Can the Lakers, Celtics or Heat find any help in this draft?


The focus during the draft is often on the teams that saw little of the spotlight during the season — hello Minnesota!

But what about some of the league’s top teams that need some tweaks to get a ring next season? The Miami Heat made it to the finals but it is clear their roster needs improvement around the Big Three (or whatever you want to call them). The Boston Celtics and Los Angeles Lakers are still very good teams that need to get younger and more athletic to hang another banner.

Can those teams find help in this draft?

No, not really. Not where they are picking.

Not that they can’t get guys who can evolve into good players, but they can’t get anyone in this draft who can help next season in any meaningful way. And all three of these teams are in “win now” modes. Their championship window is open, they need guys who can play tomorrow, not in two years.

The Heat have the 31st pick in the draft, the first pick of the second round. They are rumored to be high on Reggie Jackson, the 6’3” point guard out of Boston College, who is a favorite sleeper of a lot of scouts. To do my best Jay Billis imitation, he has a freakishly long wingspan (7’0”) and is very athletic, he’s able to penetrate and get in the lane, plus he is a willing passer. His outside shooting needs work and his game needs to mature. So, right now he sounds a lot like what the Heat already have. But in a couple of years he could be a quality point guard.

The Celtics are not under any illusions they are getting real talent in this draft, picking No. 25 in the first round. Look what Boston decision maker Danny Ainge told A. Sherrod Blakely of CSN New England.

“Not trying to put a negative spin on this; trying to be realistic,” said Ainge, the Celtics’ president of basketball operations. “The 25th pick of the draft is probably not going to help us immediately. But there are some players that we think can fit our roster, the personality of our team, make our team better in practice and add depth to our roster.”

So, Boston is drafting a practice body, someone for Kevin Garnett to beat up before he beats up other teams. Rumor is they like Jimmy Butler, the forward out of Marquette.

The Lakers have four picks in the draft — but the first one is No. 41, the 11th pick in the second round. Once you get to pick 40, the Lakers have 20 percent of the picks left in the draft.

What they are looking for is a guy that can develop into a player for them in three years or so. Or a guy they could stash in Europe while he matures. This is essentially what they did last year when drafting Devin Ebanks (he will stick with the team next season) and Derrick Caracter (he may not).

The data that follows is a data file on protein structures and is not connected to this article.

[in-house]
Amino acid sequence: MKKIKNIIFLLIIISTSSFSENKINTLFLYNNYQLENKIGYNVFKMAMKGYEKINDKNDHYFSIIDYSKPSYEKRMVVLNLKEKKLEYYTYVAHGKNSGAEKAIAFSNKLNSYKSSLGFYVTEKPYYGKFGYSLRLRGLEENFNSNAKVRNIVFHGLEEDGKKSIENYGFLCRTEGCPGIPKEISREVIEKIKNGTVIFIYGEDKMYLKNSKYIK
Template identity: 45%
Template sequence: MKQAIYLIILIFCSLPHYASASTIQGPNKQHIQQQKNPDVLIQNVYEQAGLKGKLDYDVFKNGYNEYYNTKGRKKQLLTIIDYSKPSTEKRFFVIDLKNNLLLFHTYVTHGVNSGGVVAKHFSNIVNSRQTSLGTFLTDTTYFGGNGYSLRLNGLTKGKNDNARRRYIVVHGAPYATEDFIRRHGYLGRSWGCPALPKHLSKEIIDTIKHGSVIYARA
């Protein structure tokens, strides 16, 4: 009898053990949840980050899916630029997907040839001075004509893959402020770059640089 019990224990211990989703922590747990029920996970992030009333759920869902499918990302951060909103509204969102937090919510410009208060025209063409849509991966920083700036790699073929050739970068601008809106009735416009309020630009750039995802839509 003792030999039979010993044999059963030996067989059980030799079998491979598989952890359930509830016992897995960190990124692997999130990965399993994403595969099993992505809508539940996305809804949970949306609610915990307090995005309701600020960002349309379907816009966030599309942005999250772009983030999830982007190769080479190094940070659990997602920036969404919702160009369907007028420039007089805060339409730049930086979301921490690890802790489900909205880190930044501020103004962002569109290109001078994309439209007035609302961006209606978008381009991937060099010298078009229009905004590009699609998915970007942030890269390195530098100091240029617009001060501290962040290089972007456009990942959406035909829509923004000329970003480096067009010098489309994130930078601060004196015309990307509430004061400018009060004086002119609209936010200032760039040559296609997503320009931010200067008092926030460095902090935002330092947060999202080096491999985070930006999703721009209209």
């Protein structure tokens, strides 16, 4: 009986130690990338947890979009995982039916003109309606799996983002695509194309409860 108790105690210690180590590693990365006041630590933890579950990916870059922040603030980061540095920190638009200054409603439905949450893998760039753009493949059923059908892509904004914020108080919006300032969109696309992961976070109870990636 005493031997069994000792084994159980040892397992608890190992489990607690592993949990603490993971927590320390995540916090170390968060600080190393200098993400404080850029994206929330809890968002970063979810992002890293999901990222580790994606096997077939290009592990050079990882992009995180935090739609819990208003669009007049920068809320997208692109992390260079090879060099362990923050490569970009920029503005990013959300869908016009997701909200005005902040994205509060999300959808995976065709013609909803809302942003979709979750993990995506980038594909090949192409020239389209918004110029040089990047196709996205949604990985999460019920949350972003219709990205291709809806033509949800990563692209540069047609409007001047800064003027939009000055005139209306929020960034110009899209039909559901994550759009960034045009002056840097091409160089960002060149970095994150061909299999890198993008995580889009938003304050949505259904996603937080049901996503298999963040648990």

Of the four guys the Lakers draft this year, look for one or two to fill out the very end of the team’s bench this season (depending on roster moves and how many spots there are).

The Celtics, Lakers and Heat may find a gem in this draft. They may find a guy who becomes a part of the regular rotation. But it won’t be for next year, when these teams really need the help.

Isaiah Thomas rewarded on epic flop with offensive foul call vs. Heat

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Why do NBA players flop on defense? Because it works.

While there is less of it than there was a couple of years back — when the NBA made a big show about calling more flops and warning (then eventually fining players a pittance) for the move — it still exists. Case in point, this impressive one from Isaiah Thomas of the Lakers on Tyler Johnson of the Heat Friday night (hat tip AminElHassavag at NBA Reddit).

Was there a little contact, sure, but Thomas fell back like he was shot by the second gunman on the grassy knoll. He exaggerated the contact, which is the definition of flopping. Thing is, he got the call (the ref who made the call, from his position, might only have seen the contact and not necessarily the extent of exaggeration, but that’s where the other officials need to step in).

Not that everything went Thomas’ way Friday night.

Suns’ Marquese Chriss, Jared Dudley fined $25,000 each for knocking down Ricky Rubio


Marquese Chriss and Jared Dudley got off light.

There should have been suspensions involved for the cheap shots leveled on Ricky Rubio by the pair during Thursday night’s blowout Jazz win. Instead, the pair were fined $25,000 a piece by the league Saturday for this incident.